Neither appellant, Fred Cain, nor appellee, S. C. White, when terminating their partnership business in 1954, desired to dispose of his interest in a certain clip wheel upon which they had applied for a patent. Instead, they made it the subject of a separate contract by the terms of which Cain was permitted to manufacture this wheel so long as he paid White 55¢ for each unit he sold and guaranteed him a minimum payment of $500 a year. Pursuant to this contract Cain manufactured the wheel and paid White from 1955 through 1958. During 1959 and 1960 Cain continued making the wheel but refused to pay White the sum due him under their contract.
White brought this action to recover the amount Cain allegedly owed him for 1959 and 1960. From a judgment entered against him, Cain appeals contending that the contract is unenforceable as lacking in mutuality since no duties or obligations were imposed on either party.
As we view the contract it is enforceable because White, a co-owner of the clip wheel, gave Cain the exclusive right to manufacture the wheel for which Cain was obligated to pay the specific pecuniary consideration so long as he manufactured and sold the wheeel. Mutuality exists even though the contractual obligations were not exactly commensurate one with the other. Hamrick v. City of Ashland, Ky., 321 S.W.2d 401; United States Fidelity & Guaranty Co. v. Cahill, 264 Ky. 135, 94 S.W.2d 320. The fact that Cain could terminate the contract does not relieve him of his obligation to pay White for the units sold during 1959 and 1960. See 1A Corbin on Contracts, Section 168, pages 94-96. Hence, the court properly granted recovery under the contract.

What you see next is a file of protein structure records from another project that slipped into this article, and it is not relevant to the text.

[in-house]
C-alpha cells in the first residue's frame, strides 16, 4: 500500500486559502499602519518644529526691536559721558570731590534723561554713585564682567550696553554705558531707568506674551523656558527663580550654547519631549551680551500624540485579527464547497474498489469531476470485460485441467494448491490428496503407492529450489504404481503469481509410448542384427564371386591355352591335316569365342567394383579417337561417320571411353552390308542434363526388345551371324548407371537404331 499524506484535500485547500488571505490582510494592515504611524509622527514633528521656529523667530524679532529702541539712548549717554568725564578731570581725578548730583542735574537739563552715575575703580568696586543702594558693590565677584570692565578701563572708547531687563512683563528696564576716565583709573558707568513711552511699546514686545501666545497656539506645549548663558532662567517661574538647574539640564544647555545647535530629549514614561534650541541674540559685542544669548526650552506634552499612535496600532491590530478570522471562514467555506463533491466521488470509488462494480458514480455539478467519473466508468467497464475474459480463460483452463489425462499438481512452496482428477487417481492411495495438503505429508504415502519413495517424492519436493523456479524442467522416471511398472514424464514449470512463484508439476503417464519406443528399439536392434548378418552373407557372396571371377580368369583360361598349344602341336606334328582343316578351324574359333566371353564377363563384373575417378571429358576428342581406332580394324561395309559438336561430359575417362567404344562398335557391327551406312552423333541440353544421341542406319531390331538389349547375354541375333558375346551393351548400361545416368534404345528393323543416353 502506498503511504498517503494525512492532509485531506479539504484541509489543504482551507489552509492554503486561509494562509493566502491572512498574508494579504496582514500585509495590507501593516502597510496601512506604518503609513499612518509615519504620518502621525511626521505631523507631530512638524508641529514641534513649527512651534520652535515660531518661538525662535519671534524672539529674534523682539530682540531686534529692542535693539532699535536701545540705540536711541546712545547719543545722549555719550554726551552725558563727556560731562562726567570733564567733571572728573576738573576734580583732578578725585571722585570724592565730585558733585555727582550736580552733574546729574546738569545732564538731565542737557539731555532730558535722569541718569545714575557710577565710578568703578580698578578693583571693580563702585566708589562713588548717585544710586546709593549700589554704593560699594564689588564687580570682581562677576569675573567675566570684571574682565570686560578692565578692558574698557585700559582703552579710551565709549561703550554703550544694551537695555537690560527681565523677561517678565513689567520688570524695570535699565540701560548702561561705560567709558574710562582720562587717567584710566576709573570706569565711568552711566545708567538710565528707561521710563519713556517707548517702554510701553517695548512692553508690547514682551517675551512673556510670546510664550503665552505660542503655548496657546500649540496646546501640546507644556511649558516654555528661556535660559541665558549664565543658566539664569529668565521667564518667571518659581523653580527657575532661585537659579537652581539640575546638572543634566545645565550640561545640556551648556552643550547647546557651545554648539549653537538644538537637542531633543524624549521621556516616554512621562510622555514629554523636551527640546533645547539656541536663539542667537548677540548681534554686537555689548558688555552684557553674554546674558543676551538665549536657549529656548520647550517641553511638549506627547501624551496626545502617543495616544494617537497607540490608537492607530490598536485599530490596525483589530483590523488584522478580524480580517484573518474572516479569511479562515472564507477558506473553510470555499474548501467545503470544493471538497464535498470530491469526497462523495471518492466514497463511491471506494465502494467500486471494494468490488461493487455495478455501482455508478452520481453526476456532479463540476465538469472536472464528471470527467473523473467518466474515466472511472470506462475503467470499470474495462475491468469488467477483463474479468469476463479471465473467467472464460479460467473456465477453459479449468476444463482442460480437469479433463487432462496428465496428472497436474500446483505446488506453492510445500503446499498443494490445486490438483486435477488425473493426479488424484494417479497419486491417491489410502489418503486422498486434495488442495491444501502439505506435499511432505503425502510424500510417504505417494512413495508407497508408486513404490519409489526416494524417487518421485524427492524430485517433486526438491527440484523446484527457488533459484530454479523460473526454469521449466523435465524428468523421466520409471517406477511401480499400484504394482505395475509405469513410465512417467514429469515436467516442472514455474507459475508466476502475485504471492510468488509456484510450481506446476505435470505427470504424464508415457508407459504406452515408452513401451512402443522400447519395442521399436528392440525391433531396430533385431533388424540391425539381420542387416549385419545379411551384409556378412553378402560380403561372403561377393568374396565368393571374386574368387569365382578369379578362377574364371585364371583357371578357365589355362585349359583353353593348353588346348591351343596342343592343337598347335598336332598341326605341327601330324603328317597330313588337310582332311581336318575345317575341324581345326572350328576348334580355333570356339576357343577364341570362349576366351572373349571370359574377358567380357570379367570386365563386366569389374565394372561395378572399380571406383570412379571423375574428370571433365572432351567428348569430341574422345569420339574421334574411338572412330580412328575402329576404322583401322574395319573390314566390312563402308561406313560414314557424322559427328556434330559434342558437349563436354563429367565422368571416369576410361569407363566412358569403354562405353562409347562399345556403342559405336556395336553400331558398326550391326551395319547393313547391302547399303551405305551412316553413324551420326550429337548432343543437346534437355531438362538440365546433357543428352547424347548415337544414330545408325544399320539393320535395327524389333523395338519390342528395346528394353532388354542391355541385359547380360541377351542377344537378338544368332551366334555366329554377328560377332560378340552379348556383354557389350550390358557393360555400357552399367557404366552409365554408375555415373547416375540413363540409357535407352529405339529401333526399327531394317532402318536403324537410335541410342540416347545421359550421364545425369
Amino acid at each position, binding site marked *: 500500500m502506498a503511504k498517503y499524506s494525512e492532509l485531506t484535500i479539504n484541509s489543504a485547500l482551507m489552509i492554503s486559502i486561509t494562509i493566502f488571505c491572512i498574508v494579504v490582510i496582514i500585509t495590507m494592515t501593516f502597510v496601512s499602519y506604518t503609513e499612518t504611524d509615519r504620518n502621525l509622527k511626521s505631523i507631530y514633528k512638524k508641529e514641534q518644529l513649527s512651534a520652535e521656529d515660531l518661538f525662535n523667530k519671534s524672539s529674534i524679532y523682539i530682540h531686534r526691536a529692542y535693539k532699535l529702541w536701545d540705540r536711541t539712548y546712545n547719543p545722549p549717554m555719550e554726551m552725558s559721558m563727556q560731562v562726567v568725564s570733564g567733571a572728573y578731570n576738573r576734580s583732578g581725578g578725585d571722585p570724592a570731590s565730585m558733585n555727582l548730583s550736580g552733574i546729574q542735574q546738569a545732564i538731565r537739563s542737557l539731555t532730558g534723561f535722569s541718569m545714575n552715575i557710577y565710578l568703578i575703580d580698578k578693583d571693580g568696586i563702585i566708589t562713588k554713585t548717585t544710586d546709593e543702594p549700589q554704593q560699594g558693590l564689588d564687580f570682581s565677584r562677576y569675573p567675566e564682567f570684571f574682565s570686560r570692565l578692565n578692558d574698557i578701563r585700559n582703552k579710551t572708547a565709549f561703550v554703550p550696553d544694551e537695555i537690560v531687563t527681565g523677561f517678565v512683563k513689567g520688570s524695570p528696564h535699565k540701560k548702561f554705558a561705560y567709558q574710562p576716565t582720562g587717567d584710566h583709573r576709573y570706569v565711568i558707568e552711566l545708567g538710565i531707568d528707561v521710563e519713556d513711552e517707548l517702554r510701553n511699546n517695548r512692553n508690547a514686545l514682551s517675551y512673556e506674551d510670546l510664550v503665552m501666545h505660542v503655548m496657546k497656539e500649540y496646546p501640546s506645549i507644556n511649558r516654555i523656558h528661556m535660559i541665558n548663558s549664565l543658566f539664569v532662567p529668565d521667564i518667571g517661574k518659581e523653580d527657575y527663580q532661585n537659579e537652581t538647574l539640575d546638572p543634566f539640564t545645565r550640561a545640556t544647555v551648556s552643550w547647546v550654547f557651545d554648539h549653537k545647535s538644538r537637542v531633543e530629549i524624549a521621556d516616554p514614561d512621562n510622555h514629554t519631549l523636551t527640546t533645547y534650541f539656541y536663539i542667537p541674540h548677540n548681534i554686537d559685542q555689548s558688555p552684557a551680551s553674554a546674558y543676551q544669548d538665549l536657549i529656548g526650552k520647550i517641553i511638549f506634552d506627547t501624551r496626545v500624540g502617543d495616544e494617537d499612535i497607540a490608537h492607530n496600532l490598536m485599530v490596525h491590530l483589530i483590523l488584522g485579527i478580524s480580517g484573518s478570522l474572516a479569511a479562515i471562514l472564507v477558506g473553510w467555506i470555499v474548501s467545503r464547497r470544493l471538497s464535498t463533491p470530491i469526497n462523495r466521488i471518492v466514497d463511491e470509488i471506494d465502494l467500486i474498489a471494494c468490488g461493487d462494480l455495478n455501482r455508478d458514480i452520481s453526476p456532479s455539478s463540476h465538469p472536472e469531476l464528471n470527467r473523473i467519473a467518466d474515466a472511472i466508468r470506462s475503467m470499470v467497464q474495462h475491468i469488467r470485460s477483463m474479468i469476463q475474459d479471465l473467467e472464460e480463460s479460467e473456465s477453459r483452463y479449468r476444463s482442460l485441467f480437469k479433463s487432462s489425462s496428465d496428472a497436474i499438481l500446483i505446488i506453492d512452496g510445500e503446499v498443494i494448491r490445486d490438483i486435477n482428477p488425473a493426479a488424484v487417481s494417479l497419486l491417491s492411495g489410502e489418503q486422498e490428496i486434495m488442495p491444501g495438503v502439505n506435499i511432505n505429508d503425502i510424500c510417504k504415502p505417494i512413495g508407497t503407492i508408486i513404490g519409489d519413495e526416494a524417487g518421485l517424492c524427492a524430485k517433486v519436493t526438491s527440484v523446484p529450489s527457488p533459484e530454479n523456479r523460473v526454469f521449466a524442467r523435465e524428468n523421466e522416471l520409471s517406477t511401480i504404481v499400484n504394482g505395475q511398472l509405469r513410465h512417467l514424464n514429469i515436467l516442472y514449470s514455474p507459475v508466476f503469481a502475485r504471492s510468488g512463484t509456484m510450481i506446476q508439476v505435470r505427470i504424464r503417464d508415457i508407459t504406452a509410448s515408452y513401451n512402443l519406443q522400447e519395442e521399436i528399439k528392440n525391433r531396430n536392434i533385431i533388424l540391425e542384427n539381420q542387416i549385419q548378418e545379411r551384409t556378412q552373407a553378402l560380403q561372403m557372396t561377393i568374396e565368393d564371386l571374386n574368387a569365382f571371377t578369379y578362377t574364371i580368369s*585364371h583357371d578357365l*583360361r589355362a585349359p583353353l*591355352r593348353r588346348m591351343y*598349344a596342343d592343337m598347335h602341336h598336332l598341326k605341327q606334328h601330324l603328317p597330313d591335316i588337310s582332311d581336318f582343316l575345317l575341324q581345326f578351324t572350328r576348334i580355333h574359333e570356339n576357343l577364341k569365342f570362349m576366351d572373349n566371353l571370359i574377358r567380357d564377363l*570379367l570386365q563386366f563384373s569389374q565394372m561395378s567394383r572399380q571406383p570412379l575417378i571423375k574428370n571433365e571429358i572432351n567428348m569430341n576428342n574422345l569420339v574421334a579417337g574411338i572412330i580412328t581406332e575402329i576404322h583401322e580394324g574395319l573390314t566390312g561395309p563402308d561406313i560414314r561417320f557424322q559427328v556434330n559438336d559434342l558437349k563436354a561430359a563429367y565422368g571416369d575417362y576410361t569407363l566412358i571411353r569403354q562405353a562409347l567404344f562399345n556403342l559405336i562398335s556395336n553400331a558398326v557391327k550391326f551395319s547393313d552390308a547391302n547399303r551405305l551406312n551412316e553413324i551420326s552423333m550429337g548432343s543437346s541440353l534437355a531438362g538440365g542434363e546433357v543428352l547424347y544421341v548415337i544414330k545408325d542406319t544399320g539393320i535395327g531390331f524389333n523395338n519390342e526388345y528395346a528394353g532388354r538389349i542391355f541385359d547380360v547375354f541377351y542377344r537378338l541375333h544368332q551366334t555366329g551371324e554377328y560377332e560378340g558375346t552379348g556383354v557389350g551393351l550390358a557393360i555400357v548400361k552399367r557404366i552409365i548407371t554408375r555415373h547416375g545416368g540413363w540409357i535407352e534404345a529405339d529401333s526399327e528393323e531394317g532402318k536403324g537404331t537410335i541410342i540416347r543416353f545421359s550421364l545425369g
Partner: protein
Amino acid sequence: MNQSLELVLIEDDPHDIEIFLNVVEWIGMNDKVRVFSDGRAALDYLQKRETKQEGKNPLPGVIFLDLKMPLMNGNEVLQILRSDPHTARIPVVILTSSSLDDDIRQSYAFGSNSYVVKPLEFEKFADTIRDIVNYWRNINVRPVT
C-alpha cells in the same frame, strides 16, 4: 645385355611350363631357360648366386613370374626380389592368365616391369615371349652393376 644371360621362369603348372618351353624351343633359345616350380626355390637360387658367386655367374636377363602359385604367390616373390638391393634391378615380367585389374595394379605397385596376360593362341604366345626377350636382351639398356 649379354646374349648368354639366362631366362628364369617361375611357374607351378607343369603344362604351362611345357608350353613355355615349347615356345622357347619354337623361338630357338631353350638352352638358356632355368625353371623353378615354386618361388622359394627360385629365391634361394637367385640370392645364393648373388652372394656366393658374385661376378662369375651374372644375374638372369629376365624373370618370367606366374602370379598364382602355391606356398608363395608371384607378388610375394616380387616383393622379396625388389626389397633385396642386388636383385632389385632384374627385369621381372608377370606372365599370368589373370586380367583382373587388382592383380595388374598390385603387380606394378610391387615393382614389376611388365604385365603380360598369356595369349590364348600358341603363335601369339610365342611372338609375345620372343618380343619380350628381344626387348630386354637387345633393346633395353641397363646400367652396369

The judgment is affirmed.